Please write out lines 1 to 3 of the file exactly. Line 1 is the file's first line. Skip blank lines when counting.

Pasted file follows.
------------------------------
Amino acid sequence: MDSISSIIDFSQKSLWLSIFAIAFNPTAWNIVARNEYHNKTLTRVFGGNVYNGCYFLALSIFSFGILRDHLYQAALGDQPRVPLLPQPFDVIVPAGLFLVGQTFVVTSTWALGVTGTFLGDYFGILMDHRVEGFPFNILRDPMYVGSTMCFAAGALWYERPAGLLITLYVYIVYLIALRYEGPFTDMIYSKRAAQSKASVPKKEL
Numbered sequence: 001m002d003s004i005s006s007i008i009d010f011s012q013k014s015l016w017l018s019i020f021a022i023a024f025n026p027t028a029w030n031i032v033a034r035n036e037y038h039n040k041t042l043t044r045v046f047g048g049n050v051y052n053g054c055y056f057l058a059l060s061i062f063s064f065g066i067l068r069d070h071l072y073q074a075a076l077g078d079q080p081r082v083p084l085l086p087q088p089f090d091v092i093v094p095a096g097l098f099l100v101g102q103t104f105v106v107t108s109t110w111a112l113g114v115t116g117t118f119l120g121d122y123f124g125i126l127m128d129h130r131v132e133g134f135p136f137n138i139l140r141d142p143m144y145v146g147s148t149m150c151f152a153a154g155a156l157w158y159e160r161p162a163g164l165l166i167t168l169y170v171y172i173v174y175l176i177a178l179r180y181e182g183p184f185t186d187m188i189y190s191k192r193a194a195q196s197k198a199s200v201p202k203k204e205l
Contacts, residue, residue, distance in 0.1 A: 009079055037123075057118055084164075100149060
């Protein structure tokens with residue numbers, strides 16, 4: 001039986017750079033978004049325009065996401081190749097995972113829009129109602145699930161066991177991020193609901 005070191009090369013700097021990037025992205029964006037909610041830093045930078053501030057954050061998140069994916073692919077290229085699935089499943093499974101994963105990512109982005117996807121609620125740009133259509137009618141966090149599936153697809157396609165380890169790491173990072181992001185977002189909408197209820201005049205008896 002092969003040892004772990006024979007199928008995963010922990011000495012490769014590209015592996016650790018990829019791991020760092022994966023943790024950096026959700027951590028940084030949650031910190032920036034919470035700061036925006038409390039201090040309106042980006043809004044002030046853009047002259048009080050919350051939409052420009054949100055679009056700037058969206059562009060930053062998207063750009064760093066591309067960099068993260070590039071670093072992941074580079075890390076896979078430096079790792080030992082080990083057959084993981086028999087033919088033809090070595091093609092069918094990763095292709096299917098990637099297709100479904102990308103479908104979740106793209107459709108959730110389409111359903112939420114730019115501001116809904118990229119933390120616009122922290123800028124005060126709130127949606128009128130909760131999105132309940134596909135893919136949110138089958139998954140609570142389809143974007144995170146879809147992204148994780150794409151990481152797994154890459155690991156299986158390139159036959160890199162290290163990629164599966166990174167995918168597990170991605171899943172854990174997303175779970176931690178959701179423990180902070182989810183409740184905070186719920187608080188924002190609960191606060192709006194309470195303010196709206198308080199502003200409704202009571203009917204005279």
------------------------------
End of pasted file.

Amino acid sequence: MDSISSIIDFSQKSLWLSIFAIAFNPTAWNIVARNEYHNKTLTRVFGGNVYNGCYFLALSIFSFGILRDHLYQAALGDQPRVPLLPQPFDVIVPAGLFLVGQTFVVTSTWALGVTGTFLGDYFGILMDHRVEGFPFNILRDPMYVGSTMCFAAGALWYERPAGLLITLYVYIVYLIALRYEGPFTDMIYSKRAAQSKASVPKKEL
Numbered sequence: 001m002d003s004i005s006s007i008i009d010f011s012q013k014s015l016w017l018s019i020f021a022i023a024f025n026p027t028a029w030n031i032v033a034r035n036e037y038h039n040k041t042l043t044r045v046f047g048g049n050v051y052n053g054c055y056f057l058a059l060s061i062f063s064f065g066i067l068r069d070h071l072y073q074a075a076l077g078d079q080p081r082v083p084l085l086p087q088p089f090d091v092i093v094p095a096g097l098f099l100v101g102q103t104f105v106v107t108s109t110w111a112l113g114v115t116g117t118f119l120g121d122y123f124g125i126l127m128d129h130r131v132e133g134f135p136f137n138i139l140r141d142p143m144y145v146g147s148t149m150c151f152a153a154g155a156l157w158y159e160r161p162a163g164l165l166i167t168l169y170v171y172i173v174y175l176i177a178l179r180y181e182g183p184f185t186d187m188i189y190s191k192r193a194a195q196s197k198a199s200v201p202k203k204e205l
Contacts, residue, residue, distance in 0.1 A: 009079055037123075057118055084164075100149060